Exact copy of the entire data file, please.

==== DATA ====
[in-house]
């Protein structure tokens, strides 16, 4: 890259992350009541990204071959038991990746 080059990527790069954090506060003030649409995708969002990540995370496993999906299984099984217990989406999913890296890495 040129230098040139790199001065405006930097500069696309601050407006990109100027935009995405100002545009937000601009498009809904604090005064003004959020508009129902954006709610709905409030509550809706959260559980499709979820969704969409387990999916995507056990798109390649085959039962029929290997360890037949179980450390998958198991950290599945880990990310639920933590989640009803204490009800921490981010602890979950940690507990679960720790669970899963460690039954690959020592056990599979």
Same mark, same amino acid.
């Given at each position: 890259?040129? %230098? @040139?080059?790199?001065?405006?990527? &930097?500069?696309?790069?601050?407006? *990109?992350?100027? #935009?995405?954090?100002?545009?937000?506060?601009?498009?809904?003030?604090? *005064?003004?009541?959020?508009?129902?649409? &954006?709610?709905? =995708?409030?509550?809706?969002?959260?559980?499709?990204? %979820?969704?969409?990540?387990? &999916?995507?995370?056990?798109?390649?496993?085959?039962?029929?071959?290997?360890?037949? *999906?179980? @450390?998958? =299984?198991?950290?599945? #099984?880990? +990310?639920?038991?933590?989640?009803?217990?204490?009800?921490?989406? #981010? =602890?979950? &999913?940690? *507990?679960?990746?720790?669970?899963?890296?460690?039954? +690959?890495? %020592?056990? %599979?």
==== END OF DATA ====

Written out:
[in-house]
């Protein structure tokens, strides 16, 4: 890259992350009541990204071959038991990746 080059990527790069954090506060003030649409995708969002990540995370496993999906299984099984217990989406999913890296890495 040129230098040139790199001065405006930097500069696309601050407006990109100027935009995405100002545009937000601009498009809904604090005064003004959020508009129902954006709610709905409030509550809706959260559980499709979820969704969409387990999916995507056990798109390649085959039962029929290997360890037949179980450390998958198991950290599945880990990310639920933590989640009803204490009800921490981010602890979950940690507990679960720790669970899963460690039954690959020592056990599979």
Same mark, same amino acid.
């Given at each position: 890259?040129? %230098? @040139?080059?790199?001065?405006?990527? &930097?500069?696309?790069?601050?407006? *990109?992350?100027? #935009?995405?954090?100002?545009?937000?506060?601009?498009?809904?003030?604090? *005064?003004?009541?959020?508009?129902?649409? &954006?709610?709905? =995708?409030?509550?809706?969002?959260?559980?499709?990204? %979820?969704?969409?990540?387990? &999916?995507?995370?056990?798109?390649?496993?085959?039962?029929?071959?290997?360890?037949? *999906?179980? @450390?998958? =299984?198991?950290?599945? #099984?880990? +990310?639920?038991?933590?989640?009803?217990?204490?009800?921490?989406? #981010? =602890?979950? &999913?940690? *507990?679960?990746?720790?669970?899963?890296?460690?039954? +690959?890495? %020592?056990? %599979?």